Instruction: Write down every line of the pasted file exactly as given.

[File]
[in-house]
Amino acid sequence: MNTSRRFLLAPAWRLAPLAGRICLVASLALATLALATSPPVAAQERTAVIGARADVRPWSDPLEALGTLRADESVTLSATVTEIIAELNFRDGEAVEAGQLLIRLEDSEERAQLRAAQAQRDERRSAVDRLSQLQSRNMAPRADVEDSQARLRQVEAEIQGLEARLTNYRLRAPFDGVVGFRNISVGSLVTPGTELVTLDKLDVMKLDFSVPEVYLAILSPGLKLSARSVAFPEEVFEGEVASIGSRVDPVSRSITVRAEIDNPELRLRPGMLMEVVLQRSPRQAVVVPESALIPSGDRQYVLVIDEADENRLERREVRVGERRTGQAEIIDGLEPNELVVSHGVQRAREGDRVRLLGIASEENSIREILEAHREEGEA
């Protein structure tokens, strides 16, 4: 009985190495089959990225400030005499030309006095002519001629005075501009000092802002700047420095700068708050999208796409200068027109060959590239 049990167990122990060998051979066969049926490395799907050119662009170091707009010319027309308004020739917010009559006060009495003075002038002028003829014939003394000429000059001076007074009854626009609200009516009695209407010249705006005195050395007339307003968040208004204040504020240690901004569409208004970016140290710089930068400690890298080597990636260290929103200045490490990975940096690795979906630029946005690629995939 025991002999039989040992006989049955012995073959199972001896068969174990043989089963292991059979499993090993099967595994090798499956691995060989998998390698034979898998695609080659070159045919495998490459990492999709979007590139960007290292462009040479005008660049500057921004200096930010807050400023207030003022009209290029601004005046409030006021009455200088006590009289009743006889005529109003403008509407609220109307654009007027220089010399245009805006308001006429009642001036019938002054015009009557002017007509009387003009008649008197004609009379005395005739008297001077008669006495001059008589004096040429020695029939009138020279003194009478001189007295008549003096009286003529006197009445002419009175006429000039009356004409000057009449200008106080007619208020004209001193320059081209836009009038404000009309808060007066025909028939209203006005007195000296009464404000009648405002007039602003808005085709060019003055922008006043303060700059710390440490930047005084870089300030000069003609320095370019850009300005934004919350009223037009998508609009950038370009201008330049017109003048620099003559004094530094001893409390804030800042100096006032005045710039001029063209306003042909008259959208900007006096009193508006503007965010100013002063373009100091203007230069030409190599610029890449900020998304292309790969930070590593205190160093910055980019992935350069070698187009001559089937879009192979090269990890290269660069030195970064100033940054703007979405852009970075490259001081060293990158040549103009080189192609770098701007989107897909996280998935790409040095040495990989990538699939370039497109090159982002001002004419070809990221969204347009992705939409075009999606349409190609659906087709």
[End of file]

[in-house]
Amino acid sequence: MNTSRRFLLAPAWRLAPLAGRICLVASLALATLALATSPPVAAQERTAVIGARADVRPWSDPLEALGTLRADESVTLSATVTEIIAELNFRDGEAVEAGQLLIRLEDSEERAQLRAAQAQRDERRSAVDRLSQLQSRNMAPRADVEDSQARLRQVEAEIQGLEARLTNYRLRAPFDGVVGFRNISVGSLVTPGTELVTLDKLDVMKLDFSVPEVYLAILSPGLKLSARSVAFPEEVFEGEVASIGSRVDPVSRSITVRAEIDNPELRLRPGMLMEVVLQRSPRQAVVVPESALIPSGDRQYVLVIDEADENRLERREVRVGERRTGQAEIIDGLEPNELVVSHGVQRAREGDRVRLLGIASEENSIREILEAHREEGEA
């Protein structure tokens, strides 16, 4: 009985190495089959990225400030005499030309006095002519001629005075501009000092802002700047420095700068708050999208796409200068027109060959590239 049990167990122990060998051979066969049926490395799907050119662009170091707009010319027309308004020739917010009559006060009495003075002038002028003829014939003394000429000059001076007074009854626009609200009516009695209407010249705006005195050395007339307003968040208004204040504020240690901004569409208004970016140290710089930068400690890298080597990636260290929103200045490490990975940096690795979906630029946005690629995939 025991002999039989040992006989049955012995073959199972001896068969174990043989089963292991059979499993090993099967595994090798499956691995060989998998390698034979898998695609080659070159045919495998490459990492999709979007590139960007290292462009040479005008660049500057921004200096930010807050400023207030003022009209290029601004005046409030006021009455200088006590009289009743006889005529109003403008509407609220109307654009007027220089010399245009805006308001006429009642001036019938002054015009009557002017007509009387003009008649008197004609009379005395005739008297001077008669006495001059008589004096040429020695029939009138020279003194009478001189007295008549003096009286003529006197009445002419009175006429000039009356004409000057009449200008106080007619208020004209001193320059081209836009009038404000009309808060007066025909028939209203006005007195000296009464404000009648405002007039602003808005085709060019003055922008006043303060700059710390440490930047005084870089300030000069003609320095370019850009300005934004919350009223037009998508609009950038370009201008330049017109003048620099003559004094530094001893409390804030800042100096006032005045710039001029063209306003042909008259959208900007006096009193508006503007965010100013002063373009100091203007230069030409190599610029890449900020998304292309790969930070590593205190160093910055980019992935350069070698187009001559089937879009192979090269990890290269660069030195970064100033940054703007979405852009970075490259001081060293990158040549103009080189192609770098701007989107897909996280998935790409040095040495990989990538699939370039497109090159982002001002004419070809990221969204347009992705939409075009999606349409190609659906087709």